Payees may invest conserved benefits in accordance with State laws governing the investment
of trust estates by trustees. Since most States apply the “prudent investor” standards
to fiduciary investments, it is necessary to determine whether the investment under
consideration meets this standard. Under the prudent investor standard, there is an
assumption that the trustee will be impartial with no conflict of interest. Trustees
may invest in every kind of property and type of investment subject to the prudent
In most cases, no specific types of investments are required or restricted. No specific
investment or course of action is, taken alone, prudent or imprudent. Trustees should
diversify investments unless it is in the best interest of the beneficiary not to
diversify. Investments must be evaluated in the context of all investments made for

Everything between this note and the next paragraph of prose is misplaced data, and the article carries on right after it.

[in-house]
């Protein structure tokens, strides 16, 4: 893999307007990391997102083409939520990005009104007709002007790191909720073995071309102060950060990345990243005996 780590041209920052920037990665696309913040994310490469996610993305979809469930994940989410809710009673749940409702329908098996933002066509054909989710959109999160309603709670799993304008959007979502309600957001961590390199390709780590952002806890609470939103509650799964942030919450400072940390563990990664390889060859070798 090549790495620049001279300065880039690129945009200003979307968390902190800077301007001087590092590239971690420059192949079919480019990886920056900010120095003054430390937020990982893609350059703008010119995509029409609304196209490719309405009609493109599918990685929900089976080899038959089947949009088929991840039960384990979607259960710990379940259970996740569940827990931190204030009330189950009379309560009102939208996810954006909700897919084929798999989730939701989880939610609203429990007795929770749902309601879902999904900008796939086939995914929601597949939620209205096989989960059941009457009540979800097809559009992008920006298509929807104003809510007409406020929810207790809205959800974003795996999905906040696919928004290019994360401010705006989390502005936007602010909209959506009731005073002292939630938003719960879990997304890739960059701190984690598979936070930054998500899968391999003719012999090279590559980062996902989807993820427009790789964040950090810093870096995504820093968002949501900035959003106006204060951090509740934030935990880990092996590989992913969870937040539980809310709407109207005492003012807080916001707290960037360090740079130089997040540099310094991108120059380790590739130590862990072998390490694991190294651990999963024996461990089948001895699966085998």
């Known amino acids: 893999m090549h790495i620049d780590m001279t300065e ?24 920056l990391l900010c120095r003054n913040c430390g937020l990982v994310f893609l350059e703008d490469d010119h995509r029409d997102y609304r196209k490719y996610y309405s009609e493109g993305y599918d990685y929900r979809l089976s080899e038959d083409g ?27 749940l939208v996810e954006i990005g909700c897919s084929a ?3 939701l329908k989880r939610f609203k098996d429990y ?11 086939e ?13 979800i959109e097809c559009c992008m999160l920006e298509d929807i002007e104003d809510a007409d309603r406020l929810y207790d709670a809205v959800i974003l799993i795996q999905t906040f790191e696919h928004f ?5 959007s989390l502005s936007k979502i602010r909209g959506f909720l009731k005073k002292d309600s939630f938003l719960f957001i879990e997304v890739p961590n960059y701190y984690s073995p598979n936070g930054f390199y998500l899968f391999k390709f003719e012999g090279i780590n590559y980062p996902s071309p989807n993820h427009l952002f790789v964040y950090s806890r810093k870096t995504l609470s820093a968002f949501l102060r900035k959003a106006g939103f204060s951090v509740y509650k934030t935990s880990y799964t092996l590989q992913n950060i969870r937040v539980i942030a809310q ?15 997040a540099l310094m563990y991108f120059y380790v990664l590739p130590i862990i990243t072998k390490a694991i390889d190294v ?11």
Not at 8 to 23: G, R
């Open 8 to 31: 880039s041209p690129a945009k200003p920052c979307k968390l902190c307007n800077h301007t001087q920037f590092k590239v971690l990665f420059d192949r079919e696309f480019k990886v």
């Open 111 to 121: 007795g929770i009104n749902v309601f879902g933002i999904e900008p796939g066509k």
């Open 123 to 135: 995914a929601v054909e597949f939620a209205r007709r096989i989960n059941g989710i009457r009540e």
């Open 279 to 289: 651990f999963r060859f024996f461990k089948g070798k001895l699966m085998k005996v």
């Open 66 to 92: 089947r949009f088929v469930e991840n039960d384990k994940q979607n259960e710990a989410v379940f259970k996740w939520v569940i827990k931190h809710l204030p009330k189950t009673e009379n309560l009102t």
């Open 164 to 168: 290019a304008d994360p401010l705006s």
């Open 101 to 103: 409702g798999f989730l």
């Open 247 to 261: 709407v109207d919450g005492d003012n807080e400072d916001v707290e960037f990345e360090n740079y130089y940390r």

the beneficiary as a whole.
NOTE: See PR 07240.000 ff. State Laws on Investment of Conserved Funds for the Regional Chief Counsel opinions
which include specific information on the laws and requirements for each State. In
most cases, the Syllabus (which precedes each State opinion) summarizes whether or
not the State has adopted the UPIA within its State laws. The Syllabus also highlights
when State laws require or prohibit any specific type of property or investment. If
the Syllabus does not provide the information needed, review the complete State opinion which follows.
FOs may also find the trust department of a local bank or a probate court officer
a good source to consult for information as to the acceptability of specific investments
under the “prudent investor” rule. Information obtained by the FO will be recorded
on a report of contact.
If the FO/PC is unable to determine whether an investment meets the prudent investor
standard described above, the case must be referred to regional programs staff for
consultation with the regional attorney to determine whether the investment is proper
under State law.